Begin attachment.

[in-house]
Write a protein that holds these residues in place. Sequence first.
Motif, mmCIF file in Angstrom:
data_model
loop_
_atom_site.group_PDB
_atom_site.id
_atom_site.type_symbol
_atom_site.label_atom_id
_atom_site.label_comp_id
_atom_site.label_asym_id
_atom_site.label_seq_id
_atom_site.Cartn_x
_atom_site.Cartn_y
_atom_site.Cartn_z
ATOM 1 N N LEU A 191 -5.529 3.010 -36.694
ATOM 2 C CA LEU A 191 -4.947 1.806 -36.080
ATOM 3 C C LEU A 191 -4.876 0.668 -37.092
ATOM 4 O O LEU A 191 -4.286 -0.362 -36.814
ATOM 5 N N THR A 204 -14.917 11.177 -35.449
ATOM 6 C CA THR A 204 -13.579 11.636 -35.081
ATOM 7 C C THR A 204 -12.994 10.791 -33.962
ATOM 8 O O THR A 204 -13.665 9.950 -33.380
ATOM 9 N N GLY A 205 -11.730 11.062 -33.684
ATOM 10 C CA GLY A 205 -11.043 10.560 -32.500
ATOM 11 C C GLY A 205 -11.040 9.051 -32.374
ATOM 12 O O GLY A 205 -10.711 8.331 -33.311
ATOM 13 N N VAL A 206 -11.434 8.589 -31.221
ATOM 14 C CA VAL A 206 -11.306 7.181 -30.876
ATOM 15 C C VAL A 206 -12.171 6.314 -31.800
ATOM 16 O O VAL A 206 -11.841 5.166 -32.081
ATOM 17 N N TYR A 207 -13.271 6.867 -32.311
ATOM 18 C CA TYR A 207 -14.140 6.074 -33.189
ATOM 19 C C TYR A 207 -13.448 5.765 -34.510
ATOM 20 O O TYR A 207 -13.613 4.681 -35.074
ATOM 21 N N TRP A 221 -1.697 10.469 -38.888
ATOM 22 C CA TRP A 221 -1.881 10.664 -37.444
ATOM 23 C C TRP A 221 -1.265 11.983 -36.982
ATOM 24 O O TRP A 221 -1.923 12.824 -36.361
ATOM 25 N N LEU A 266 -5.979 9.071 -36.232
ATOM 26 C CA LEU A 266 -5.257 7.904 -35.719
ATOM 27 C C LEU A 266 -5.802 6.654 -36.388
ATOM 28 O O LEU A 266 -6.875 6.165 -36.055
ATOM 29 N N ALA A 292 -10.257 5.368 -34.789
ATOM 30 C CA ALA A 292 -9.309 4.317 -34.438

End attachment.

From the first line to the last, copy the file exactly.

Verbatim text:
[in-house]
Write a protein that holds these residues in place. Sequence first.
Motif, mmCIF file in Angstrom:
data_model
loop_
_atom_site.group_PDB
_atom_site.id
_atom_site.type_symbol
_atom_site.label_atom_id
_atom_site.label_comp_id
_atom_site.label_asym_id
_atom_site.label_seq_id
_atom_site.Cartn_x
_atom_site.Cartn_y
_atom_site.Cartn_z
ATOM 1 N N LEU A 191 -5.529 3.010 -36.694
ATOM 2 C CA LEU A 191 -4.947 1.806 -36.080
ATOM 3 C C LEU A 191 -4.876 0.668 -37.092
ATOM 4 O O LEU A 191 -4.286 -0.362 -36.814
ATOM 5 N N THR A 204 -14.917 11.177 -35.449
ATOM 6 C CA THR A 204 -13.579 11.636 -35.081
ATOM 7 C C THR A 204 -12.994 10.791 -33.962
ATOM 8 O O THR A 204 -13.665 9.950 -33.380
ATOM 9 N N GLY A 205 -11.730 11.062 -33.684
ATOM 10 C CA GLY A 205 -11.043 10.560 -32.500
ATOM 11 C C GLY A 205 -11.040 9.051 -32.374
ATOM 12 O O GLY A 205 -10.711 8.331 -33.311
ATOM 13 N N VAL A 206 -11.434 8.589 -31.221
ATOM 14 C CA VAL A 206 -11.306 7.181 -30.876
ATOM 15 C C VAL A 206 -12.171 6.314 -31.800
ATOM 16 O O VAL A 206 -11.841 5.166 -32.081
ATOM 17 N N TYR A 207 -13.271 6.867 -32.311
ATOM 18 C CA TYR A 207 -14.140 6.074 -33.189
ATOM 19 C C TYR A 207 -13.448 5.765 -34.510
ATOM 20 O O TYR A 207 -13.613 4.681 -35.074
ATOM 21 N N TRP A 221 -1.697 10.469 -38.888
ATOM 22 C CA TRP A 221 -1.881 10.664 -37.444
ATOM 23 C C TRP A 221 -1.265 11.983 -36.982
ATOM 24 O O TRP A 221 -1.923 12.824 -36.361
ATOM 25 N N LEU A 266 -5.979 9.071 -36.232
ATOM 26 C CA LEU A 266 -5.257 7.904 -35.719
ATOM 27 C C LEU A 266 -5.802 6.654 -36.388
ATOM 28 O O LEU A 266 -6.875 6.165 -36.055
ATOM 29 N N ALA A 292 -10.257 5.368 -34.789
ATOM 30 C CA ALA A 292 -9.309 4.317 -34.438